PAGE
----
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ranking = 4
keywords = esophagus
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8/32. Polypoid sarcomas of the esophagus. A rare but potentially curable neoplasm.

    Five patients with polypoid esophageal sarcoma are reported. All had dysphagia similar to that occurring in epithelial carcinoma of the esophagus. The clinical diagnosis of sarcoma was suspected when barium swallow showed a large polypoid lesion. biopsy was often inconclusive concerning the nature of the lesion except to identify it as a neoplastic process. In spite of their large size, the tumors remained superficial within the esophageal wall. Nodal or distant organ metastasis was absent in 4 of the 5 patients. The histology of these tumors suggests that so-called carcinosarcoma is an epithelial carcinoma of the esophagus with varying amounts of spindle cell features and should be considered separately from sarcoma arising from mesenchymal tissue. Unlike carcinoma, esophageal sarcoma has a favorable prognosis following radical resection, and recent advances in esophageal surgery have decreased the mortality and morbidity of esophagectomy.
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ranking = 6
keywords = esophagus
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9/32. Simultaneous leiomyosarcoma and squamous cell carcinoma of the esophagus: report of a new case.

    leiomyosarcoma of the esophagus is an uncommon neoplasm of mesenchymal origin. The simultaneous occurrence of leiomyosarcoma and squamous cell carcinoma in the esophagus as separate tumors is a very rare event. We present a case leiomyosarcoma associated with squamous cell carcinoma that was diagnosed after surgical resection. The clinical, radiologic, endoscopic and pathologic findings of this rare entity, and four additional cases previously reported in the literature are reviewed.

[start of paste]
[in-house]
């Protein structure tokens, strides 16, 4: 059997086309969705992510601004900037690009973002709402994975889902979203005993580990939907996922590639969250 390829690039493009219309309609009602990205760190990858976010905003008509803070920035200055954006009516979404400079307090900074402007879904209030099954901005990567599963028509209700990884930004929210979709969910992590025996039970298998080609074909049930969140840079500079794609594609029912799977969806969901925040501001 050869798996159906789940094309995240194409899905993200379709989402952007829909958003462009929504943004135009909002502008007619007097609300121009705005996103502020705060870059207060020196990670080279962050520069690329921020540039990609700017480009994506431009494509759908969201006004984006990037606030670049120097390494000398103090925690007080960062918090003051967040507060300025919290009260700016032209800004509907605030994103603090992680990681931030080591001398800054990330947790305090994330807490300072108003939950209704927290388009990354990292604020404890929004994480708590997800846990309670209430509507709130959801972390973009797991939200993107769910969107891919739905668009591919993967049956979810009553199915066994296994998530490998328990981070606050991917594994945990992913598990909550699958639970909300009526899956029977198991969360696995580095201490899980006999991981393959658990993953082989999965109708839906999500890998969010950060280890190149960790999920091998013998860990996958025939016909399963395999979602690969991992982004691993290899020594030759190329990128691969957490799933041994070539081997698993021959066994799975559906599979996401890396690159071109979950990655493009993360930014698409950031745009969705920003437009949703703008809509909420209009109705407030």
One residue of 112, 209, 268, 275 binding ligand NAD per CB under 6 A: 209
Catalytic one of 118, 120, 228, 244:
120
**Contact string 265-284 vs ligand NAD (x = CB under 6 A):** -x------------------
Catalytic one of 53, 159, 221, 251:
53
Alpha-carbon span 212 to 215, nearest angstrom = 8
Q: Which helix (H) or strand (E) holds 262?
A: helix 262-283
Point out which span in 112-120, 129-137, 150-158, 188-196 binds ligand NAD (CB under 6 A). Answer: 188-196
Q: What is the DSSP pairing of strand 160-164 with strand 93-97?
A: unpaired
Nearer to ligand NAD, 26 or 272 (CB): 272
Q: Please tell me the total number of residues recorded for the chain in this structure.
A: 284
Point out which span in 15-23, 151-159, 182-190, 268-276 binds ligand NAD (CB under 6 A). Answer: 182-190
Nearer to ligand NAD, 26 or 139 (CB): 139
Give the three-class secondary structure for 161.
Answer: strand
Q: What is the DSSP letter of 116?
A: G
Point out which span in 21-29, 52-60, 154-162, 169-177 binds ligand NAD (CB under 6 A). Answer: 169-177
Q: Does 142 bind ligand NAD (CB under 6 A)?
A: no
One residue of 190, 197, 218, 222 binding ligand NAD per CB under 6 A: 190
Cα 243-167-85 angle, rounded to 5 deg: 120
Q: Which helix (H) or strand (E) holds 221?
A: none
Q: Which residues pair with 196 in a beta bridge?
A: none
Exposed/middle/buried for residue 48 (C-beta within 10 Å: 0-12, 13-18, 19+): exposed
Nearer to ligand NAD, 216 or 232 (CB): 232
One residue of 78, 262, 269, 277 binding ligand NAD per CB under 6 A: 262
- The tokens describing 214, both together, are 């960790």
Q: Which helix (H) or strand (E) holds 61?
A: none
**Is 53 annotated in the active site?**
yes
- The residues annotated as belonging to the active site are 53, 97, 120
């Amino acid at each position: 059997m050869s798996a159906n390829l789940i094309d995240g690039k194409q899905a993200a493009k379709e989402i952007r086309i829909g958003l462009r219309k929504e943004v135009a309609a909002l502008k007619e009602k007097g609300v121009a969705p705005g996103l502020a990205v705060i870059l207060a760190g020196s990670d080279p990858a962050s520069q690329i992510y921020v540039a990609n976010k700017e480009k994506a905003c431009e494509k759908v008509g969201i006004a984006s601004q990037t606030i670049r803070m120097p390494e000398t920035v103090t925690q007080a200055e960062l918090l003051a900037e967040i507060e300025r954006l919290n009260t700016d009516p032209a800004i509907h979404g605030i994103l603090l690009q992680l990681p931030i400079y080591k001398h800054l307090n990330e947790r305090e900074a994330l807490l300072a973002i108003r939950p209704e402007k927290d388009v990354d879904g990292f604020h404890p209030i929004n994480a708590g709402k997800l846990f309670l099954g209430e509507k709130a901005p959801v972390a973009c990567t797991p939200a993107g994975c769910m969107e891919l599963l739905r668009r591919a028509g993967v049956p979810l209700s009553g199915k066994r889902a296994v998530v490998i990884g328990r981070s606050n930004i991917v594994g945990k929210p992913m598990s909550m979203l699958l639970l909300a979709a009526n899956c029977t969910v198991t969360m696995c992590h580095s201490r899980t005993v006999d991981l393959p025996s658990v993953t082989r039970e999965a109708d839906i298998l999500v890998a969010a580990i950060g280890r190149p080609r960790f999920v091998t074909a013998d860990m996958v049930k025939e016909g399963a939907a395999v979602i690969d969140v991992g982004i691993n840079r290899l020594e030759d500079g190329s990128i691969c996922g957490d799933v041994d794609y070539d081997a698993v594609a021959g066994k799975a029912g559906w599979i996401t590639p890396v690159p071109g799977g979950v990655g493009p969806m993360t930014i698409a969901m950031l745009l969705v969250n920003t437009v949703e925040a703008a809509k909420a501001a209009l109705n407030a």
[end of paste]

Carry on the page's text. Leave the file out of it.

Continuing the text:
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ranking = 6
keywords = esophagus
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10/32. Primary gingival leiomyosarcoma. A clinicopathological study of 1 case with prolonged survival.

    BACKGROUND: leiomyosarcoma is a relatively uncommon mesenchymal tumor that exhibits smooth-muscle differentiation. Only 3 to 10% of leiomyosarcomas arise in the head and neck, the nose and paranasal sinuses, skin and subcutaneous tissue and cervical esophagus being the most common localizations. Most leiomyosarcomas involving the oral tissues primarily affect the maxillary sinus, the maxillary or mandibular bone. A review of the English-language literature since 1908 revealed 30 reported cases of primary leiomyosarcoma of the oral mucosa and soft tissues. MATERIAL AND methods: We report on a case of gingival leiomyosarcoma, arising in a 31-year-old female and involving the upper alveolar mucosa. Following the diagnosis of malignant neoplasm on frozen sections and an en-block resection, the tumour was formalin-fixed and paraffin embedded for histological and immunohistochemical examination. RESULTS: Microscopically, the tumor was composed of interlacing fascicles of spindle-shaped cells with elongated, blunt-ended nuclei and eosinophilic cytoplasm, containing PAS-positive granules. Mitoses, both typical and atypical, and scattered necrotic foci were present. Consistent desmin, muscle specific and alpha-smooth muscle-specific, and vimentin immunoreactivity was demonstrated in the tumor cells. The patient is alive and free of disease at a 7-year follow-up. CONCLUSIONS: Intra-oral leiomyosarcomas are exceptionally rare. Accurate diagnosis and treatment is largely based on the careful search of clinical signs indicative of malignancy (e.g., neoplastic bone destruction, wide invasion of adjacent tissues) and intra-operative (frozen sections) examination of the lesion. Though the case reported herein showed an attenuated clinical behavior, prolonged follow-up is mandatory in view of possible tumor relapse.
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ranking = 1
keywords = esophagus